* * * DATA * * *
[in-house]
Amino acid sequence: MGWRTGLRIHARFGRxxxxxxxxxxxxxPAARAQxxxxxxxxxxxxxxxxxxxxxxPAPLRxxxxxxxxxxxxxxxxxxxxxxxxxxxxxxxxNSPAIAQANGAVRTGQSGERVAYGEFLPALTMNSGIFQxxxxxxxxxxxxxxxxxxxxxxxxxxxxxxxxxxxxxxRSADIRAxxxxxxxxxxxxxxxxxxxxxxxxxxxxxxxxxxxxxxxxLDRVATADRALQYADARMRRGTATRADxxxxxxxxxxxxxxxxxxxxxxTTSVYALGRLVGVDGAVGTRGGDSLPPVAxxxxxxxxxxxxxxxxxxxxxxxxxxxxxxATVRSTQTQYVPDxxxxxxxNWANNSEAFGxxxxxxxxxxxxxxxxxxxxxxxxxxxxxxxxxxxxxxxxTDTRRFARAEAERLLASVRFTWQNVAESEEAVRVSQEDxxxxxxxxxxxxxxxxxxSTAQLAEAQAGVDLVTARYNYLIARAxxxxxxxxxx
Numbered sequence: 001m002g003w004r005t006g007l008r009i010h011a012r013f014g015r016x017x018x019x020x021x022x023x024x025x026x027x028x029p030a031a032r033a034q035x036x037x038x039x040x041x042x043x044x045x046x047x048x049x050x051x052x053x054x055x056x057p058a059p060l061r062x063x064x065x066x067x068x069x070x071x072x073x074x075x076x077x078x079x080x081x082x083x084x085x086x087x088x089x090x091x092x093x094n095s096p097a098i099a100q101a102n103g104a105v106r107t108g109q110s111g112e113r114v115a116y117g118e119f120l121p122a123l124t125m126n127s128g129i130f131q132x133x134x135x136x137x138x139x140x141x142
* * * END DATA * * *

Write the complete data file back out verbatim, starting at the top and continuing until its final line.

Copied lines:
[in-house]
Amino acid sequence: MGWRTGLRIHARFGRxxxxxxxxxxxxxPAARAQxxxxxxxxxxxxxxxxxxxxxxPAPLRxxxxxxxxxxxxxxxxxxxxxxxxxxxxxxxxNSPAIAQANGAVRTGQSGERVAYGEFLPALTMNSGIFQxxxxxxxxxxxxxxxxxxxxxxxxxxxxxxxxxxxxxxRSADIRAxxxxxxxxxxxxxxxxxxxxxxxxxxxxxxxxxxxxxxxxLDRVATADRALQYADARMRRGTATRADxxxxxxxxxxxxxxxxxxxxxxTTSVYALGRLVGVDGAVGTRGGDSLPPVAxxxxxxxxxxxxxxxxxxxxxxxxxxxxxxATVRSTQTQYVPDxxxxxxxNWANNSEAFGxxxxxxxxxxxxxxxxxxxxxxxxxxxxxxxxxxxxxxxxTDTRRFARAEAERLLASVRFTWQNVAESEEAVRVSQEDxxxxxxxxxxxxxxxxxxSTAQLAEAQAGVDLVTARYNYLIARAxxxxxxxxxx
Numbered sequence: 001m002g003w004r005t006g007l008r009i010h011a012r013f014g015r016x017x018x019x020x021x022x023x024x025x026x027x028x029p030a031a032r033a034q035x036x037x038x039x040x041x042x043x044x045x046x047x048x049x050x051x052x053x054x055x056x057p058a059p060l061r062x063x064x065x066x067x068x069x070x071x072x073x074x075x076x077x078x079x080x081x082x083x084x085x086x087x088x089x090x091x092x093x094n095s096p097a098i099a100q101a102n103g104a105v106r107t108g109q110s111g112e113r114v115a116y117g118e119f120l121p122a123l124t125m126n127s128g129i130f131q132x133x134x135x136x137x138x139x140x141x142